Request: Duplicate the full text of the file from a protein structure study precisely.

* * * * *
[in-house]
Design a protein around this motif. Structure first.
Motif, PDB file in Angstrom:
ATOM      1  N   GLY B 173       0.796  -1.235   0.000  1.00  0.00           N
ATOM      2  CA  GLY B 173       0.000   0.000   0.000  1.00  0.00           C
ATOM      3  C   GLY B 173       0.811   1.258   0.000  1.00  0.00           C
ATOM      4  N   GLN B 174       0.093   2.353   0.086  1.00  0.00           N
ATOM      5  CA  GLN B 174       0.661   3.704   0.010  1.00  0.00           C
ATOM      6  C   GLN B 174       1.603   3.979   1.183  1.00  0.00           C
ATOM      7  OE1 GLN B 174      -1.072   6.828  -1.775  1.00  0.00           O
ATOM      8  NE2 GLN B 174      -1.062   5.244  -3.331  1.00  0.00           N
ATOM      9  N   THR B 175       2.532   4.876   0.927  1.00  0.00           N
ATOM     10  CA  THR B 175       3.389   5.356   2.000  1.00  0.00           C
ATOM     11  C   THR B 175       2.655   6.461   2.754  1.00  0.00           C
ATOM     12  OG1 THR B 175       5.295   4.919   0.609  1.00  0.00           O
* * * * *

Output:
[in-house]
Design a protein around this motif. Structure first.
Motif, PDB file in Angstrom:
ATOM      1  N   GLY B 173       0.796  -1.235   0.000  1.00  0.00           N
ATOM      2  CA  GLY B 173       0.000   0.000   0.000  1.00  0.00           C
ATOM      3  C   GLY B 173       0.811   1.258   0.000  1.00  0.00           C
ATOM      4  N   GLN B 174       0.093   2.353   0.086  1.00  0.00           N
ATOM      5  CA  GLN B 174       0.661   3.704   0.010  1.00  0.00           C
ATOM      6  C   GLN B 174       1.603   3.979   1.183  1.00  0.00           C
ATOM      7  OE1 GLN B 174      -1.072   6.828  -1.775  1.00  0.00           O
ATOM      8  NE2 GLN B 174      -1.062   5.244  -3.331  1.00  0.00           N
ATOM      9  N   THR B 175       2.532   4.876   0.927  1.00  0.00           N
ATOM     10  CA  THR B 175       3.389   5.356   2.000  1.00  0.00           C
ATOM     11  C   THR B 175       2.655   6.461   2.754  1.00  0.00           C
ATOM     12  OG1 THR B 175       5.295   4.919   0.609  1.00  0.00           O